Moroney also spoke strongly against the barricade.
“I was taken aback because of the way (the blockade) was done. I was really, really concerned at the fact that it was a safety hazard for both sides,” he said. “If (an emergency) happened on the Pascack Road side, there would be no access to Lillian Drive. There was also my concern with the Newport Drive side. If you had a real emergency, you have no access whatsoever coming from the Chestnut Ridge side. We’re here to protect all the residents of Rockland County.”
Clarkstown had from several emergency units addressing the public safety concerns.
“We said all along that once the gate was permanently installed, we would distribute the keys,” said Gromack. “In addition … (if there’s an emergency and there’s no time to unlock the gate) the gate will break away quickly. You can pretty much open it up in a few seconds or you can plow right through it (if needed).”
Gromack added that after speaking with members of the ambulance corps and fire departments, those members did not see the gate as a threat to anyone’s security or timeliness.
“(Nanuet Fire) Chief Knapp did raise the concern of the trucks but did say that if the gate was there, it was very acceptable and standard practice in the industry,” he added. Gromack also brought up a similar breakaway gate in the town of Ramapo as an example.
“The main concern out of the (Clarkstown) planning board was emergency access,” said Simoes. “I think the emergency access is being addressed.”
However, Ramapo Town Councilman Patrick Withers sided with some of the legislators speaking out against the gate.
“Seconds do matter,” said Withers. “As a former police officer … I know the men and women of the Clarkstown Police Department work well with the Ramapo Police Department. I believe in them (the police officers), but I don’t necessarily believe in the barricade.”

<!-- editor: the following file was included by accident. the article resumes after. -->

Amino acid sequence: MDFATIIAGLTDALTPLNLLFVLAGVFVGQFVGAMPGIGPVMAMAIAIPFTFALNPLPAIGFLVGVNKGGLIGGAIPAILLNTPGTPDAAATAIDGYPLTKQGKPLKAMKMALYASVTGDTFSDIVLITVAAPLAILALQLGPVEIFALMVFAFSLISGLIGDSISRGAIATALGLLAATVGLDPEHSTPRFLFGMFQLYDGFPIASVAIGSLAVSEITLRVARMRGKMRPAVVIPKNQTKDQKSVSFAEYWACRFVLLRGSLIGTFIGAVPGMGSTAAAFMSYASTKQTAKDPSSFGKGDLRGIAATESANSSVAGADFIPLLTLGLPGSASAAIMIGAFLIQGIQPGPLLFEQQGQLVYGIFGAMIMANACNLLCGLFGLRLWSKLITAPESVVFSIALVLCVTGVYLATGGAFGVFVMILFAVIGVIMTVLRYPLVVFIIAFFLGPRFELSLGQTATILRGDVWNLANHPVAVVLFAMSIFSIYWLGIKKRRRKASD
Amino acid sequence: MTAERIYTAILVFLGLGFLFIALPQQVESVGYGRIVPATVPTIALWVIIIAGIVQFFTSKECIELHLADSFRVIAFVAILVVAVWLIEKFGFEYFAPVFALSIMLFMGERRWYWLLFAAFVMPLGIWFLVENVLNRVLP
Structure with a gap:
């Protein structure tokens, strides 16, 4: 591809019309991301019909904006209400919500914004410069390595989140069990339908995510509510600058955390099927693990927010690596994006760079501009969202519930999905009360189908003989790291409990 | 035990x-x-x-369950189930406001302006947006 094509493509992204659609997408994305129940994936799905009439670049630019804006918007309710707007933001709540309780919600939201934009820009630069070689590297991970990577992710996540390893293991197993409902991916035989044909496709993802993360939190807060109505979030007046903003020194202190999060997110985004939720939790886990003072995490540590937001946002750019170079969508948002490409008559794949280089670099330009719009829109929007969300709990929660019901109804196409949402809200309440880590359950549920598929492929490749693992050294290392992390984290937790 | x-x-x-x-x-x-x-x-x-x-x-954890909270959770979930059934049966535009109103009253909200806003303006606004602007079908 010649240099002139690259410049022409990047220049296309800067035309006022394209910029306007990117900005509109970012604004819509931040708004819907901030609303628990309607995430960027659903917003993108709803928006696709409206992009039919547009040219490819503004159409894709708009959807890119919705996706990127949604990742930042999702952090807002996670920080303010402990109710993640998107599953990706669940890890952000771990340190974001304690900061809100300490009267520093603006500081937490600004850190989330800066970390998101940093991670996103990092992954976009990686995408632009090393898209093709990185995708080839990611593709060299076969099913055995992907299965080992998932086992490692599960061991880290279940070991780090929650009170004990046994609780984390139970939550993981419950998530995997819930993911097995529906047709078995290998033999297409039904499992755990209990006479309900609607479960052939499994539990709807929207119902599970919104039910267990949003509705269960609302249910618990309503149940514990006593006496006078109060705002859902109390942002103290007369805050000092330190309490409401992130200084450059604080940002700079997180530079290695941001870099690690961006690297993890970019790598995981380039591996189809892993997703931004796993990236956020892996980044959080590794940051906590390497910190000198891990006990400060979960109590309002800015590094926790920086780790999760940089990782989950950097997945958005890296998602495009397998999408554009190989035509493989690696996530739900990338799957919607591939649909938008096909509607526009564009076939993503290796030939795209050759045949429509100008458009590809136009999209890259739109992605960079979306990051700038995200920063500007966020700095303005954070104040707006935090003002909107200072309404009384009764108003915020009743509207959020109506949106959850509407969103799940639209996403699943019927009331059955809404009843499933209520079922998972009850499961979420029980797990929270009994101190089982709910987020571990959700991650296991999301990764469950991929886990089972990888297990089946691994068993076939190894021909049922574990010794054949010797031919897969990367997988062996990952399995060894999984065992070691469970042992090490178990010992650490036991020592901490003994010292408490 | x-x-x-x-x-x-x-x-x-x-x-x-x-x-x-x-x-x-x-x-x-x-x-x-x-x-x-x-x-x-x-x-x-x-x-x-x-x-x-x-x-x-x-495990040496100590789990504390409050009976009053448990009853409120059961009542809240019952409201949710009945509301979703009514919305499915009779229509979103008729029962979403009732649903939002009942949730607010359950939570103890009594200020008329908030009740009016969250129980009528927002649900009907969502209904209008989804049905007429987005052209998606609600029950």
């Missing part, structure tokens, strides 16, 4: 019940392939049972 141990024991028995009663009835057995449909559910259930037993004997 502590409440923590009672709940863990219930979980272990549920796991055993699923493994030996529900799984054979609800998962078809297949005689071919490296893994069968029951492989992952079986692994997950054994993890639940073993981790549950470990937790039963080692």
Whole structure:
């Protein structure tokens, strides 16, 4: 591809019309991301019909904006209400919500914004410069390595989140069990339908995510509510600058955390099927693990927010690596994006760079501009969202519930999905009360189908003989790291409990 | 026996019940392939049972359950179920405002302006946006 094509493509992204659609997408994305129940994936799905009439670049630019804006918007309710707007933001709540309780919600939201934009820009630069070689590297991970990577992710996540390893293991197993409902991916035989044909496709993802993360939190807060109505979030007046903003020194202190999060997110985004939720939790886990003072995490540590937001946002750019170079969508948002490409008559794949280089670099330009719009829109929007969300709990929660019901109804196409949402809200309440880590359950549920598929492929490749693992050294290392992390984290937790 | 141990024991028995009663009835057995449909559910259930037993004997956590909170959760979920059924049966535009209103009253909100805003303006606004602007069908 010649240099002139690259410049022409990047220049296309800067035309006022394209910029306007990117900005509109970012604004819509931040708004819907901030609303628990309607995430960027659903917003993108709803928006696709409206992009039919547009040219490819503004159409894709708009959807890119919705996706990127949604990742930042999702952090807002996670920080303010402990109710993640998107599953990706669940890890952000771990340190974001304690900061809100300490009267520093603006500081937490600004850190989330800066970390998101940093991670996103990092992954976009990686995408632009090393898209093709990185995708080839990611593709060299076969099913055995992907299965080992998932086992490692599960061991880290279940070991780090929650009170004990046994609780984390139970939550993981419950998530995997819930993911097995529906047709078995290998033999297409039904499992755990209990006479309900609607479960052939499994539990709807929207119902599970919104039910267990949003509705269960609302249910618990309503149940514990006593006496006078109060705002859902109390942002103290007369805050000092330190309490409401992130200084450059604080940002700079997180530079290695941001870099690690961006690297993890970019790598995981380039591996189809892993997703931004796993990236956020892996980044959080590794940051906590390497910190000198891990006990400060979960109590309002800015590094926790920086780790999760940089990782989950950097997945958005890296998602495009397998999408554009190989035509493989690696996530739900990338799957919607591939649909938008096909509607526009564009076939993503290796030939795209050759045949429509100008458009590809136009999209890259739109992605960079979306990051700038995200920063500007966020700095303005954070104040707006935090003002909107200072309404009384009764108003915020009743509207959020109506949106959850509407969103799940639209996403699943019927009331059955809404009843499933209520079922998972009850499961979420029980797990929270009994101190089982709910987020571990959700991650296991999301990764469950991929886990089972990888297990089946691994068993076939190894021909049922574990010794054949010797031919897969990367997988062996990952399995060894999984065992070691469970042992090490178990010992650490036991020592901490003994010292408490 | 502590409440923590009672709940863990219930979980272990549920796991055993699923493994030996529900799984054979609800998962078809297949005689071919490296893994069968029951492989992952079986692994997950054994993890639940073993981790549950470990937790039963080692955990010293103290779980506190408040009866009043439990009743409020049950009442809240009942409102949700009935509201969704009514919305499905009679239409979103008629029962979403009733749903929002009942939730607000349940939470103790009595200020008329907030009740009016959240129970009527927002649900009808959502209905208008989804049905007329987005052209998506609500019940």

Check back with Patch for articles on other parts of the discussion:
- Temporary Barricade—some legislators said that part of the reason why the lawsuit resolution was rushed was because the temporary barricade did not match the one Clarkstown described in its resolution
- Samuel Road—The history of its dead-end status and past court proceedings that relate to this issue
- Clarkstown Police—legislators cleared the air of any misperceived criticism on the police department
- Public Input—Legislators said that they received a letter on Tuesday dated Aug. 25 to Scott Vanderhoef from Rockland County citizens against the blockade with a petition from 160 people demanding they remove the blockade.
- Lawsuit—the consensus among most was that a lawsuit should not be needed to resolve this issue
- Town VS County—some believed that this was strictly a town issue and that the county need not be involved
Correction: Legislators Jay Hood, Toney Earl and Aron Wieder voted no, Chris Carey and Ed Day voted yes. In an earlier version, it was written that Legislators Jay Hood, Toney Earl and Aron Wieder voted yes, Chris Carey and Ed Day voted no